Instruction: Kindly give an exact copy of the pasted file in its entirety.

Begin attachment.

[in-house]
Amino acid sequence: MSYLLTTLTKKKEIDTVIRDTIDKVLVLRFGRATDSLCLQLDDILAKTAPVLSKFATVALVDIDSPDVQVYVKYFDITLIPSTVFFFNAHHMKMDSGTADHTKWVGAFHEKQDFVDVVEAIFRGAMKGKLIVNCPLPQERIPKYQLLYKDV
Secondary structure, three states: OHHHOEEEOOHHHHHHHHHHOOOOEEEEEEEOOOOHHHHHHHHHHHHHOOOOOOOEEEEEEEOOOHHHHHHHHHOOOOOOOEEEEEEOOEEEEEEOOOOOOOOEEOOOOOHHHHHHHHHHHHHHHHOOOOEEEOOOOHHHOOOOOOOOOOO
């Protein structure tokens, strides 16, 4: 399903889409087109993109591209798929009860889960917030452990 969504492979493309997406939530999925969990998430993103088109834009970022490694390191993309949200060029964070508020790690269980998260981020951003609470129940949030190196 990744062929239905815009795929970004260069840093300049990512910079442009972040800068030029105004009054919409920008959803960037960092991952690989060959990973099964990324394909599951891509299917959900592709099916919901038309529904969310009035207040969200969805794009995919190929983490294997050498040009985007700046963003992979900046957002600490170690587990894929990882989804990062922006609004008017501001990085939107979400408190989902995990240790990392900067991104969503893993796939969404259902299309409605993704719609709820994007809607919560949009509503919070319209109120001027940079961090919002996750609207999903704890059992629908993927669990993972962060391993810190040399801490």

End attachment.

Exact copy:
[in-house]
Amino acid sequence: MSYLLTTLTKKKEIDTVIRDTIDKVLVLRFGRATDSLCLQLDDILAKTAPVLSKFATVALVDIDSPDVQVYVKYFDITLIPSTVFFFNAHHMKMDSGTADHTKWVGAFHEKQDFVDVVEAIFRGAMKGKLIVNCPLPQERIPKYQLLYKDV
Secondary structure, three states: OHHHOEEEOOHHHHHHHHHHOOOOEEEEEEEOOOOHHHHHHHHHHHHHOOOOOOOEEEEEEEOOOHHHHHHHHHOOOOOOOEEEEEEOOEEEEEEOOOOOOOOEEOOOOOHHHHHHHHHHHHHHHHOOOOEEEOOOOHHHOOOOOOOOOOO
């Protein structure tokens, strides 16, 4: 399903889409087109993109591209798929009860889960917030452990 969504492979493309997406939530999925969990998430993103088109834009970022490694390191993309949200060029964070508020790690269980998260981020951003609470129940949030190196 990744062929239905815009795929970004260069840093300049990512910079442009972040800068030029105004009054919409920008959803960037960092991952690989060959990973099964990324394909599951891509299917959900592709099916919901038309529904969310009035207040969200969805794009995919190929983490294997050498040009985007700046963003992979900046957002600490170690587990894929990882989804990062922006609004008017501001990085939107979400408190989902995990240790990392900067991104969503893993796939969404259902299309409605993704719609709820994007809607919560949009509503919070319209109120001027940079961090919002996750609207999903704890059992629908993927669990993972962060391993810190040399801490």